In 2014, a White supremacist leader, Frazier Glenn Cross, Jr. (also known as F. Glenn Miller), killed three people outside Jewish organizations in Overland Park, Kansas. Although all three were actually Christian, Cross’s intended target was clear, as was the religious justification he found for his supremacist beliefs. Cross, founder of the Carolina Knights of the KKK, which later became the White Patriot Party,1 was a convert from Christianity to a neonazi interpretation of the pre-Christian, Northern European and Germanic religion of Odinism. In his self-published 1999 autobiography, A White Man Speaks Out, he wrote:
I’d love to see North America’s 100 million Aryan Christians convert to the religion invented by their own race and practiced for a thousand generations before the Jews thought up Christianity. / Odinism! This was the religion for a strong heroic people, the Germanic people, from whose loins we all descended, be we German, English, Scott [sic], Irish, or Scandinavian, in whole or in part. / Odin! Odin! Odin! Was the battle cry of our ancestors; their light eyes ablaze with the glare of the predator, as they swept over and conquered the decadent multi-racial Roman Empire. / And Valhalla does not accept Negroes. There’s a sign over the pearly gates there which reads, “Whites only.”2
Cross’ hateful manifesto on the eve of the 21st Century represents more than just the ramblings of one violent terrorist. His argument that White people need to embrace their pre-Christian roots in service of the White race is one increasingly being adopted by White supremacists across Europe and North America. More than a decade ago, in 2003, comparative religion scholar Mattias Gardell wrote that racist forms of neopaganism were already outpacing traditional monotheistic versions of White supremacy.3 Today, they’re even more prevalent, as White supremacists exploit political instability driven by anti-immigrant and anti-refugee sentiment in Europe, and the racist backlash surging under Donald Trump in the United States.
Only about 0.3 percent of the U.S. population follow beliefs related to neopaganism, an umbrella term for modern interpretations of polytheist and pantheist religions that predate Judaism, Christianity, and Islam.4 Within that figure, an even smaller number—just 7,878 people according to one community census—practice Scandinavian and Germanic forms of neopaganism known as Heathenry.5 Perhaps the most recognized Heathen faith is Ásatrú, a polytheist religion venerating old Norse gods and goddesses. However, despite its small numbers—in 1996, religion scholar Jeffrey Kaplan estimated fewer than 1,000 U.S. adherents6—Ásatrú has come to figure prominently in modern U.S. White supremacist movements.
While most U.S. Ásatrúar (followers of Ásatrú) are inclusive,7 there exists a divide within Heathen communities about who should be allowed to take up ancient Scandinavian and Germanic spiritual practices. Those who eschew racism and invite potential members regardless of ethnic background are termed “universalists.” Conversely, those groups calling themselves “folkish” stipulate that only members with Northern European or Germanic ancestry may join. Many of these “folkish” groups are overtly White supremacist, claiming that Ásatrú is the true religion of the superior “Aryan race.”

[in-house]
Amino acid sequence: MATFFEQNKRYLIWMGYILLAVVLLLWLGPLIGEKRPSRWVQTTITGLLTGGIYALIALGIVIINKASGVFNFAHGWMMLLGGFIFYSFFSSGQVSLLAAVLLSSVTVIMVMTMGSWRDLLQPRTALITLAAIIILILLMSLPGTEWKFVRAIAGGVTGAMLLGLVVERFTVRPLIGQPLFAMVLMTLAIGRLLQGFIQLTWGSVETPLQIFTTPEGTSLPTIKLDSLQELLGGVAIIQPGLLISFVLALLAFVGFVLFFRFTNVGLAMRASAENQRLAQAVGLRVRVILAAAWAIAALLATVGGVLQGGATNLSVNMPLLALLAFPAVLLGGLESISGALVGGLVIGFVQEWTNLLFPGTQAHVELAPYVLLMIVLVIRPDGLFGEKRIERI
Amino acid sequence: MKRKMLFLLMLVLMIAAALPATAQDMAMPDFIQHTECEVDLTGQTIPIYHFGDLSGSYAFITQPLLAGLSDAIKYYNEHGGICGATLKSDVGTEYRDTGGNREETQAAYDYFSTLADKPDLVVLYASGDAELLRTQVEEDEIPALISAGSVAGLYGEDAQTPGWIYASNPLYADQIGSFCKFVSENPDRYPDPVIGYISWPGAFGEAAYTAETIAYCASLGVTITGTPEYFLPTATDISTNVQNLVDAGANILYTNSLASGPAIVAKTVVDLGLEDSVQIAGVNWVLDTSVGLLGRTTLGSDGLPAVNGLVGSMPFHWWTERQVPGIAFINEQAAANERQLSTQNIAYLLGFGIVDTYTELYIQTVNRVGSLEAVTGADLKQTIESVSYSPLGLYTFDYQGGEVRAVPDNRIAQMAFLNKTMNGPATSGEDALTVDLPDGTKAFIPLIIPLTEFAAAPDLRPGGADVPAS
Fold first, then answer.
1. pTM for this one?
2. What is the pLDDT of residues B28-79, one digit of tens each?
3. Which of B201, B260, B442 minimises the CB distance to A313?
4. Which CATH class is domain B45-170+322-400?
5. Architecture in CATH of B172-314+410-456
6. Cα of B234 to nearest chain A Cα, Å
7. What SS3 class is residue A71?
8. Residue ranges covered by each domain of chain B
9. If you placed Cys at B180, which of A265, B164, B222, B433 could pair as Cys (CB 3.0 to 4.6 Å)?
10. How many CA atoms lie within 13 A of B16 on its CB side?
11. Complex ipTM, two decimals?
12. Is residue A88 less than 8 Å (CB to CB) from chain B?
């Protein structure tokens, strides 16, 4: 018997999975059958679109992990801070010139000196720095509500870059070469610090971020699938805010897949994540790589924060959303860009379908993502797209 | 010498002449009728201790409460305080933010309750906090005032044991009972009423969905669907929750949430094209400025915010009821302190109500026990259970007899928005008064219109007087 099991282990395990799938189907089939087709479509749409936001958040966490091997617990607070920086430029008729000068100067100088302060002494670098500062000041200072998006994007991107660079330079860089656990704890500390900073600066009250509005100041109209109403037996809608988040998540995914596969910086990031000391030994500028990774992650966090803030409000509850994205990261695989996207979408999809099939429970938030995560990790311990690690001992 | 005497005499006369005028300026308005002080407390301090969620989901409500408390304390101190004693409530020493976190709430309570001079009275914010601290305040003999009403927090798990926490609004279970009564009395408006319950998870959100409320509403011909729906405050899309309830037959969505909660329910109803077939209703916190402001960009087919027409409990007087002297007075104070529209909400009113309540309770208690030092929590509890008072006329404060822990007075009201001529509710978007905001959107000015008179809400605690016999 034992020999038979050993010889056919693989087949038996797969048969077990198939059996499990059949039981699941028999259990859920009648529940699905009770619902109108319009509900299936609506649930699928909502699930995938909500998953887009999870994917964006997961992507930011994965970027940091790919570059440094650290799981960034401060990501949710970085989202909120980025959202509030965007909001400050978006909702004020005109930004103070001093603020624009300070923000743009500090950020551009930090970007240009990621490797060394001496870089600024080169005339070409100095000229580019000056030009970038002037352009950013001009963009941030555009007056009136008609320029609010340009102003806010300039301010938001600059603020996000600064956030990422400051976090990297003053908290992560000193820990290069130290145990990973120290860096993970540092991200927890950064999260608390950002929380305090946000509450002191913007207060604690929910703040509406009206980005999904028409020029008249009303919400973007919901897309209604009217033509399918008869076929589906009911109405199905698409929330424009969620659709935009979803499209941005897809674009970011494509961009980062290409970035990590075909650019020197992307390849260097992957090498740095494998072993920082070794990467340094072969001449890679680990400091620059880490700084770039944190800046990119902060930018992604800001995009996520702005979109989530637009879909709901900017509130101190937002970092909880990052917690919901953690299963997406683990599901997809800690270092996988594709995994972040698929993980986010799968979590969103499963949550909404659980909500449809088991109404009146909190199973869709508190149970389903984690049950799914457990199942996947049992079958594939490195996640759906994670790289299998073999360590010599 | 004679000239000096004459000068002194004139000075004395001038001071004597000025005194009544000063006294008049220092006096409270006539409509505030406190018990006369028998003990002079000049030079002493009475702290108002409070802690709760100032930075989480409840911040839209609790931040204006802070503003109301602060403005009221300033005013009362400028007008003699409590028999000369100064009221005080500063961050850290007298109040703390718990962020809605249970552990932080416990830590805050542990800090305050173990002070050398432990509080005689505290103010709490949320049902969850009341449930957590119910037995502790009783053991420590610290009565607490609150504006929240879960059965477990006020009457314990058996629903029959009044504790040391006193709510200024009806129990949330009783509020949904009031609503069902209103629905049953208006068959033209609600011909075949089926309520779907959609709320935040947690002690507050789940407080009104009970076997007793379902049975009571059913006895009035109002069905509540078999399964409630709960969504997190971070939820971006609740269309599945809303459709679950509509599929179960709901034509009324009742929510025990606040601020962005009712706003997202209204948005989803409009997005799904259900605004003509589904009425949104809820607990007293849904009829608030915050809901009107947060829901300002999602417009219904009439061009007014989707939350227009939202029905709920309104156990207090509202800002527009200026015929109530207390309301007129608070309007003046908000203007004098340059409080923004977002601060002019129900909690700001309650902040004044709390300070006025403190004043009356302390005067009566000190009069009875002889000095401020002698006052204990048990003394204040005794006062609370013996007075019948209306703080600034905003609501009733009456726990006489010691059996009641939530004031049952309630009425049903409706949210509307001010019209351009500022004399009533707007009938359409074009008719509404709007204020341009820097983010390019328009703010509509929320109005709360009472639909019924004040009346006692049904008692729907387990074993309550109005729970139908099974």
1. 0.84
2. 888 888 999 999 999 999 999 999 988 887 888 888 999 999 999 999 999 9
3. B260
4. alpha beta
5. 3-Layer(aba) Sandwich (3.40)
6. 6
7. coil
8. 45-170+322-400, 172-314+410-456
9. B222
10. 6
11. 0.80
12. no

White supremacists practicing Ásatrú may also use the term Odinism, named after the god Odin, though not all self-identified Odinist groups are White supremacist, and there are ongoing debates within Ásatrú communities about the differences implied by the terms. Others use the name Wotanism. The late White supremacist and convicted murderer David Lane promoted the term Wotanism to serve as an explicitly racist form of Odinism. Lane, who also created the “14 Words” slogan widely cited by White supremacists—“We must secure the existence of our people and a future for White children”8—favored Wotanism in part because, he explained, “W.O.T.A.N. makes a perfect acronym for Will Of The Aryan Nation.”9
By whatever name, the ties between some neopagans and organized racist movements are clear. “The most cursory glimpse at White-racist publications, Web pages, and White-power lyrics,” warned Gardell, “reveals muscular heathens, pagan gods and goddesses, runes and symbols, magic, and esoteric themes in abundance.” Racist versions of paganism had already become so popular among White supremacists that, by the time Gardell’s book Gods of the Blood: The Pagan Revival and White Separatism was published in 2003, they were displacing organizations like the Ku Klux Klan and national socialist parties, and were rendering “earlier racist creeds, such as Christian Identity, to the status of an ‘old man’s religion.’”10 Since that time, the explosion of the Alt Right has only amplified this threat.
Many of those drawn to Odinism seem to fit the popular image of the angry, disaffected White men who voted for Trump: lacking in status,11 searching for a sense of identity and community, and insistent that White people are under attack as a group. In the face of economic despair and entitled, hypermasculine White rage, embracing a religion that seems to be all about White male victory can be appealing.